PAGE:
Israel’s chief Ashkenazi rabbi said in Berlin that medical training for mohels, or ritual circumcisers, could resolve concerns in Germany regarding circumcision of male children.
In meetings Tuesday with government officials and Berlin’s Jewish community, Rabbi Yonah Metzger noted that mohels could be trained and certified by German doctors. But he emphasized that the Chief Rabbinate in Israel has to make final decision on whether a mohel is up to par.
The suggestion echoes that of the Brussels-based Conference of European Rabbis, which in July announced that Germany’s mainstream Orthodox rabbinical body, the ORD, would create an association of mohels to be supervised by the Association of Jewish Doctors and Psychologists. This project already “is in the works,” Israel Meller, ORD administrator, told JTA Tuesday.
At issue is a ruling in May by a Cologne district court, which said that the circumcision of male infants may be done for only medical reasons. All other circumcisions of a minor would be considered inflicting bodily harm, according to the ruling. The case involved the circumcision of a Muslim boy, but affects both Jews and Muslims.
Although ritual circumcision remains legal, some hospitals have ceased offering the procedure while the debate rages. Meanwhile, mohels continue to perform ritual circumcisions at private homes or synagogues, far from the public eye. Germany’s parliament has indicated it will step in with a law to protect ritual circumcision for Jews and Muslims.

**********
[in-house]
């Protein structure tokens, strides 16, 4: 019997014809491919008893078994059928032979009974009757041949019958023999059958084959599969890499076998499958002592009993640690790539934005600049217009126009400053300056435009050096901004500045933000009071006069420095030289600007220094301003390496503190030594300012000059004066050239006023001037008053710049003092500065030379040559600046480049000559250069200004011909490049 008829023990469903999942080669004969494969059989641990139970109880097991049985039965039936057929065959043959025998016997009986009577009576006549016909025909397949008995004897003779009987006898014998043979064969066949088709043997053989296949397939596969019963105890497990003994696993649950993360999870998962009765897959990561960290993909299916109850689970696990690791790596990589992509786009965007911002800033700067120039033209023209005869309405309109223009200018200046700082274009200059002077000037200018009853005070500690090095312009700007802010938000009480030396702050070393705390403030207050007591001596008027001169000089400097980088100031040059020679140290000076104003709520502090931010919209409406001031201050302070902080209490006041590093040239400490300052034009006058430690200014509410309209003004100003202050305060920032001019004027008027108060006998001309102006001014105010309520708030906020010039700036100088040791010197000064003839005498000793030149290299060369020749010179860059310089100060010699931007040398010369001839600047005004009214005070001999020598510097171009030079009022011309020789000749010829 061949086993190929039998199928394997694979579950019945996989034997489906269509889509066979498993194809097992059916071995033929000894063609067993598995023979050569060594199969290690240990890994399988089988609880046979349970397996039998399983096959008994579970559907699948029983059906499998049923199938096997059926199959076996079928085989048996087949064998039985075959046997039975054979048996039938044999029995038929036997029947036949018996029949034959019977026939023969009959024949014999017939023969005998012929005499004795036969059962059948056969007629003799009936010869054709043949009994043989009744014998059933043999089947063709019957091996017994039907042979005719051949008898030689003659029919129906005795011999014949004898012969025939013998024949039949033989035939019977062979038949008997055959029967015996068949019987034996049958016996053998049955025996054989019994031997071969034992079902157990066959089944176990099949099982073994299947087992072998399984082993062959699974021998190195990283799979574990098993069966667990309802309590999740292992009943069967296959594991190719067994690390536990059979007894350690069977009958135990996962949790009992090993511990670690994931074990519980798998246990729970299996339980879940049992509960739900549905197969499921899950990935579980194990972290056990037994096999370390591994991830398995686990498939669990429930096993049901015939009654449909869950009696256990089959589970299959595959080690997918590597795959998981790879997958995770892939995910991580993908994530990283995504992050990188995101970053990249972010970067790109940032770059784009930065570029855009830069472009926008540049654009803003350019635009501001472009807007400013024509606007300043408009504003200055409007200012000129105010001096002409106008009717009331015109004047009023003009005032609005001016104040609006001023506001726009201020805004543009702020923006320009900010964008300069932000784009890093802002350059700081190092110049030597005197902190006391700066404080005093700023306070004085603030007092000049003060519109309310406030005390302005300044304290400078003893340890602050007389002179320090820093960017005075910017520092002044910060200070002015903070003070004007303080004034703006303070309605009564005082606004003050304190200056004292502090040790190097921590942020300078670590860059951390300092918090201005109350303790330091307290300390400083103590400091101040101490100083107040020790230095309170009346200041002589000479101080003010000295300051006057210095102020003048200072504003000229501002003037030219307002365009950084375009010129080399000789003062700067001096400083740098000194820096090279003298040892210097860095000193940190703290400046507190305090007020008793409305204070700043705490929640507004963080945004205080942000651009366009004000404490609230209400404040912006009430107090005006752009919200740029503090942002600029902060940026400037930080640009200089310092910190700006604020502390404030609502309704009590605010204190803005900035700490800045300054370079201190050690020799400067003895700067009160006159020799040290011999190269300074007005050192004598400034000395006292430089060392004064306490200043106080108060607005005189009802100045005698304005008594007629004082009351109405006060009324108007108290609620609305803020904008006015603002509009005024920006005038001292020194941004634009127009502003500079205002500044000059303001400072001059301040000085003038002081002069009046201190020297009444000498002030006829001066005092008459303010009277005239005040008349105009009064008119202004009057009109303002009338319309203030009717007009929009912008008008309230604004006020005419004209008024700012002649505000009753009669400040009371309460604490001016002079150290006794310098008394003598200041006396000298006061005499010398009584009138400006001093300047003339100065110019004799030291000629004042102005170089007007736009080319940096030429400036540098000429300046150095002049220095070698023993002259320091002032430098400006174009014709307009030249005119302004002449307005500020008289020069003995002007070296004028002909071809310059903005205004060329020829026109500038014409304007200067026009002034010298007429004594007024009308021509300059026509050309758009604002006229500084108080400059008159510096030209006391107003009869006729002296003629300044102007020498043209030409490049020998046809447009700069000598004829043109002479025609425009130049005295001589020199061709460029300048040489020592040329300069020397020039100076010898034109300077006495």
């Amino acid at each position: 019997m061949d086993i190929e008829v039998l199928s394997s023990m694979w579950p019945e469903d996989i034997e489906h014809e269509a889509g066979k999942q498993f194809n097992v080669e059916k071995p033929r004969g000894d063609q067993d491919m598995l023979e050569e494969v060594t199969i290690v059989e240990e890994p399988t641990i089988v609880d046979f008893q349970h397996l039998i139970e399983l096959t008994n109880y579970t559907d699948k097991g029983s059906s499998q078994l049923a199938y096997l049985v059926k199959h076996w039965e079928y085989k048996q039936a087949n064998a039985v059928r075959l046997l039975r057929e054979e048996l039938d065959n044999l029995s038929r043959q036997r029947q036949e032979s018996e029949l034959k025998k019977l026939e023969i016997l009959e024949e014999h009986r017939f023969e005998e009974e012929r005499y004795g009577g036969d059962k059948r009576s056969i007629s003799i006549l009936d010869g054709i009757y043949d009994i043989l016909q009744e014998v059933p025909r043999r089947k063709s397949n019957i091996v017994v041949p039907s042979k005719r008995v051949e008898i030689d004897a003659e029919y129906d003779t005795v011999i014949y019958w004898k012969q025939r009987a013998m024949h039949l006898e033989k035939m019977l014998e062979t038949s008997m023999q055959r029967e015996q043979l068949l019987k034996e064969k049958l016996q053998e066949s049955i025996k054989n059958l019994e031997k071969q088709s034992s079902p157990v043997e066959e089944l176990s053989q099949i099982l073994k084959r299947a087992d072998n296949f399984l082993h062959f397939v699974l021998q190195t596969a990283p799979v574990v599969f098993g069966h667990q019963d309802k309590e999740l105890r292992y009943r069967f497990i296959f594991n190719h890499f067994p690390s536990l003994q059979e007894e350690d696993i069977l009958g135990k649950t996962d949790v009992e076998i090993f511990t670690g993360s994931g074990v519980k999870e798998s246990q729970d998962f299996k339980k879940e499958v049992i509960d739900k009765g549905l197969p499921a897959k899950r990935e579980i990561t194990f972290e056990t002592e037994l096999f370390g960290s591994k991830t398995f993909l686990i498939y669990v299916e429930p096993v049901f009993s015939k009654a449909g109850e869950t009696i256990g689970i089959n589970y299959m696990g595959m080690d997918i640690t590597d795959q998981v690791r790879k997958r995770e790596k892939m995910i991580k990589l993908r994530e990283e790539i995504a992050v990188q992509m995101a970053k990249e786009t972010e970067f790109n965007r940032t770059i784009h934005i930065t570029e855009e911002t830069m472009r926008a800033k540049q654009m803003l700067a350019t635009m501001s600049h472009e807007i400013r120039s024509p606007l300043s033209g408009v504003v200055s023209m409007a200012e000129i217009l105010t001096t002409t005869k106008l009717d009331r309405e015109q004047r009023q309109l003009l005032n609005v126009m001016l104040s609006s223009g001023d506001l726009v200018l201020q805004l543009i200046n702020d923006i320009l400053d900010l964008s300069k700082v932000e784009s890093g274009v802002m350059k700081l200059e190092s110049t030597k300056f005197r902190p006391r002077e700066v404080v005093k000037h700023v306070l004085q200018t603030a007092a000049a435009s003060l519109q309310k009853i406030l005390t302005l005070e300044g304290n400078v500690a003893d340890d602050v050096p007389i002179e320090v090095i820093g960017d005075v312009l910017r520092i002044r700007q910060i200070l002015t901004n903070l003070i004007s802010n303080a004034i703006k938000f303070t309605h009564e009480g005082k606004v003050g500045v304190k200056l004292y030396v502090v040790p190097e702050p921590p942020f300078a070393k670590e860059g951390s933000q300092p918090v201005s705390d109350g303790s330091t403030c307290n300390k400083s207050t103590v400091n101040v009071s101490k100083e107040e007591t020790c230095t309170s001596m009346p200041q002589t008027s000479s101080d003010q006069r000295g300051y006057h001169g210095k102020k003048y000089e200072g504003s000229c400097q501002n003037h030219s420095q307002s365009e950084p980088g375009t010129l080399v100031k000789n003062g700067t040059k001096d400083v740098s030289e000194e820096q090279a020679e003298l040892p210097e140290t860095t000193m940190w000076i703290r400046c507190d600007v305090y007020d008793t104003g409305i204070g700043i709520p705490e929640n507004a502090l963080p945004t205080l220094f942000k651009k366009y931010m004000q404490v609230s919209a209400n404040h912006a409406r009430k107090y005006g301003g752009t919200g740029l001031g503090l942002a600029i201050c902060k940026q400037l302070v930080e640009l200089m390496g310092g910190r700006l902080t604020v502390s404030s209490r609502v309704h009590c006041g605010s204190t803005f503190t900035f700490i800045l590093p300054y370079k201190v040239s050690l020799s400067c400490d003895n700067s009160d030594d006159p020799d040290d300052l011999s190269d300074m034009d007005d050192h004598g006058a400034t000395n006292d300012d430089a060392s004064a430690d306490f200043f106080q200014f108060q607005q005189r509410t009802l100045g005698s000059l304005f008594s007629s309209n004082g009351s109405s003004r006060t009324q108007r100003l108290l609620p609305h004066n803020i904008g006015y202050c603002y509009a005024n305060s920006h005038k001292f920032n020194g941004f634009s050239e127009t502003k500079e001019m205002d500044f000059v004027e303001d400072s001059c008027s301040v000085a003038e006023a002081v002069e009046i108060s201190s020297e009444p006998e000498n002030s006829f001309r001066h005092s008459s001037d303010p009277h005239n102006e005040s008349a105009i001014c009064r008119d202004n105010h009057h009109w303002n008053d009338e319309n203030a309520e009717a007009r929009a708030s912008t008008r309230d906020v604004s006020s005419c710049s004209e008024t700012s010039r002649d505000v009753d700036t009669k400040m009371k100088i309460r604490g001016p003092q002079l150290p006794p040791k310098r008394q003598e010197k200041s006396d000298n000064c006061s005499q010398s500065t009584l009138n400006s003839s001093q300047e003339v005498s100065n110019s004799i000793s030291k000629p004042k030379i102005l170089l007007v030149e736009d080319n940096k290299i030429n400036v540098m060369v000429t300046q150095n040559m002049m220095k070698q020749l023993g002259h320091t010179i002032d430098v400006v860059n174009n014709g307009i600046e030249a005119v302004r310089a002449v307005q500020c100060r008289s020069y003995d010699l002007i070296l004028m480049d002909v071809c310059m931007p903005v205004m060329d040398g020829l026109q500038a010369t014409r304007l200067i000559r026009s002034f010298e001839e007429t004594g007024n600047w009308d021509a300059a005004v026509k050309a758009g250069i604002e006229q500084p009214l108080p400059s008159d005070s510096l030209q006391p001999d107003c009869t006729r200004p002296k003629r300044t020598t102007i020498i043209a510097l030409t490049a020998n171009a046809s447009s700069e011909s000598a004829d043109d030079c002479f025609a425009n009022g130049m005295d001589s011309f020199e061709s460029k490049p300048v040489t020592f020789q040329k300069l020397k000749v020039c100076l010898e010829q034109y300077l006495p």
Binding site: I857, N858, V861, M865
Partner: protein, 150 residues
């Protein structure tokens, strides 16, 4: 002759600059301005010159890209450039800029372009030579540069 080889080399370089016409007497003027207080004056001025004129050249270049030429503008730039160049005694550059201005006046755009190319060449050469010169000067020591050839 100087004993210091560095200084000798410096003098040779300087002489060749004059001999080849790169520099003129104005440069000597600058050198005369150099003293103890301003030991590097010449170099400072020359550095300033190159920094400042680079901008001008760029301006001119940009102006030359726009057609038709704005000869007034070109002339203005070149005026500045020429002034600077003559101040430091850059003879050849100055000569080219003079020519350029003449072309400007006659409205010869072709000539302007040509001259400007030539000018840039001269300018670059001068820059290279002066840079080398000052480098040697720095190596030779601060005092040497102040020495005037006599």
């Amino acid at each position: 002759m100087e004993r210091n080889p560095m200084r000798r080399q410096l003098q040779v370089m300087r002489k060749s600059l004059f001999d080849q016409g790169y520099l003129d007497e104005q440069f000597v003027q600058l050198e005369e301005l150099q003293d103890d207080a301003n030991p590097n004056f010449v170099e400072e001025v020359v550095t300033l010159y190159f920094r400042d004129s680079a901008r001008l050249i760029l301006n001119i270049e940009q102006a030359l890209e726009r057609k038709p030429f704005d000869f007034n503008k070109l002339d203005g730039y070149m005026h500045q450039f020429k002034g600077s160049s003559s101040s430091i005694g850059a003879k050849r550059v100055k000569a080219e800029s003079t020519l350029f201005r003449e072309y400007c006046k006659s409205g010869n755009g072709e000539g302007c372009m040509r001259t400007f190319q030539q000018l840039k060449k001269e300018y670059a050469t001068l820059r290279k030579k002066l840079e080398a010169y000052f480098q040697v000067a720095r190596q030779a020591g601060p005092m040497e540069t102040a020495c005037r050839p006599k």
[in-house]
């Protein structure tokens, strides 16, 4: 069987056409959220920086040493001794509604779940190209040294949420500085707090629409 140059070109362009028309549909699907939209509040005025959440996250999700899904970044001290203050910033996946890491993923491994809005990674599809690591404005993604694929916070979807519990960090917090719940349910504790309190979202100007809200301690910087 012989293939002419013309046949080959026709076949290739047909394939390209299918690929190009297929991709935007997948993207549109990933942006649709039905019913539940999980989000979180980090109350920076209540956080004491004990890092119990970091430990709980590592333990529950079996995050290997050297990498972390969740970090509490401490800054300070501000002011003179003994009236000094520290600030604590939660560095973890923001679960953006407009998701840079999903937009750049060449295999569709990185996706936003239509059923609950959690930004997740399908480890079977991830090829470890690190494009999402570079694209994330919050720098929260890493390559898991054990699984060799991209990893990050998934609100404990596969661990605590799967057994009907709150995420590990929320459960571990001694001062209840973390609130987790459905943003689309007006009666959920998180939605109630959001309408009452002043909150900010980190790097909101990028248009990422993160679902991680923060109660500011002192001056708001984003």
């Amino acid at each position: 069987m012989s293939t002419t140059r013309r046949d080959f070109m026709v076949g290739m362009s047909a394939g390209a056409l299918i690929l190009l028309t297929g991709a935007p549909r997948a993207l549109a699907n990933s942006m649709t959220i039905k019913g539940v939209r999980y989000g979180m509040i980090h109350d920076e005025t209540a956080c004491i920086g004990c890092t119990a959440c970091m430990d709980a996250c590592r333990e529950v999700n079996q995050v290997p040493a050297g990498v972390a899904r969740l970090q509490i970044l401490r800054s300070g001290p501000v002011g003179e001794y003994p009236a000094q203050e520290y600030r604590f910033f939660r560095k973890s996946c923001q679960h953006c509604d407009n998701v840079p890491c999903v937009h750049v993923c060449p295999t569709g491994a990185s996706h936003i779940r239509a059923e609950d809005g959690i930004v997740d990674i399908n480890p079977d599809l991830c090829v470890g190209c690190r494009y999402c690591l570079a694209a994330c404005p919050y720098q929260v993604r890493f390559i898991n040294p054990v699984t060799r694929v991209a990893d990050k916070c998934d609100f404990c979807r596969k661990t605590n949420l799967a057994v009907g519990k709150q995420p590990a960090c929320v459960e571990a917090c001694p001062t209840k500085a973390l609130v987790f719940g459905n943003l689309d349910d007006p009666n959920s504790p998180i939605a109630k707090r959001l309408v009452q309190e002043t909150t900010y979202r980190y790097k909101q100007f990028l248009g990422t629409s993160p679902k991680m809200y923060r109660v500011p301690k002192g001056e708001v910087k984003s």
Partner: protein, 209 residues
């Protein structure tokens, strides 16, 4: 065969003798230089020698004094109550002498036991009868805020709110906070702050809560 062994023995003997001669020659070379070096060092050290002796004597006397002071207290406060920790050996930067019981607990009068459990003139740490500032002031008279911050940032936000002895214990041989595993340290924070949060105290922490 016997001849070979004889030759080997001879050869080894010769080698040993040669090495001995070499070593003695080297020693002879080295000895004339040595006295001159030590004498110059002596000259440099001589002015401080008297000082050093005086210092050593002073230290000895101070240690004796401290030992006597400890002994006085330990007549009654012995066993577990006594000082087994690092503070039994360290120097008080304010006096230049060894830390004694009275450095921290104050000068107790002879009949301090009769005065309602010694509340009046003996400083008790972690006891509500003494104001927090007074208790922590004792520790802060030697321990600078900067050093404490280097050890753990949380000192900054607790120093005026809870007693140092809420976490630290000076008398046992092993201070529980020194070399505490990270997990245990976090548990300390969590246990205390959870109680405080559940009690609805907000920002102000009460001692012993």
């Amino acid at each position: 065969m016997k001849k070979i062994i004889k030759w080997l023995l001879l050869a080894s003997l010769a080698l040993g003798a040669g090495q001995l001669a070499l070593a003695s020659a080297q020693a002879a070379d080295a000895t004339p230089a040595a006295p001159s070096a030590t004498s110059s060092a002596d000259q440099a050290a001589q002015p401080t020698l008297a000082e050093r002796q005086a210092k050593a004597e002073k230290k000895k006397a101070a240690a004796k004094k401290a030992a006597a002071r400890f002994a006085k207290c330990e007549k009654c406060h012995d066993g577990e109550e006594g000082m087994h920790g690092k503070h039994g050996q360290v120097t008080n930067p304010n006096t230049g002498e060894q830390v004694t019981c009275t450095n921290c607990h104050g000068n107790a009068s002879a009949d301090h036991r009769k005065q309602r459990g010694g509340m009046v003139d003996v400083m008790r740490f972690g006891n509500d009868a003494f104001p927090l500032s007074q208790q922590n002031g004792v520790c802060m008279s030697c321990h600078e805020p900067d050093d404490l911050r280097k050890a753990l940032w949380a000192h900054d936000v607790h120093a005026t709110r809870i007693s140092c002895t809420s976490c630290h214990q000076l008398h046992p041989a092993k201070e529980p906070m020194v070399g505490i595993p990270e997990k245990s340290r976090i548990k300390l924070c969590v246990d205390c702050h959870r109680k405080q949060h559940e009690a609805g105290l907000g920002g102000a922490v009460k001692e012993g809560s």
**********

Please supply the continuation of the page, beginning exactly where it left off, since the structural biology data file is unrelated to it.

Germany currently has an estimated 10 Jewish mohels, including women, who also are medical doctors specializing in urology. It is not clear whether they would receive the OK from a traditional rabbinate, however.
Jewish tradition requires that boys be circumcised on the 8th day after birth; postponement is possible in the case of illness.
Metzger addressed the Jewish community at the Centrum Judaicum in Berlin on Monday, in a talk sponsored by the Jewish Community of Berlin, the Chabad Lubavitch Jewish Educational Center of Berlin, several Chabad-related educational institutions in Berlin, Keren Hayesod and other local Jewish associations.
On Tuesday, the rabbi was accompanied by Berlin Chabad Rabbi Yehudah Teichtal in meetings with government officials. According to Die Welt newspaper, Metzger said that a proper brit milah does not cause suffering:
“We give the infant a drop of sweet wine and then he falls asleep,” he said, adding that in the rare case of complications, doctors and not mohels are usually to blame.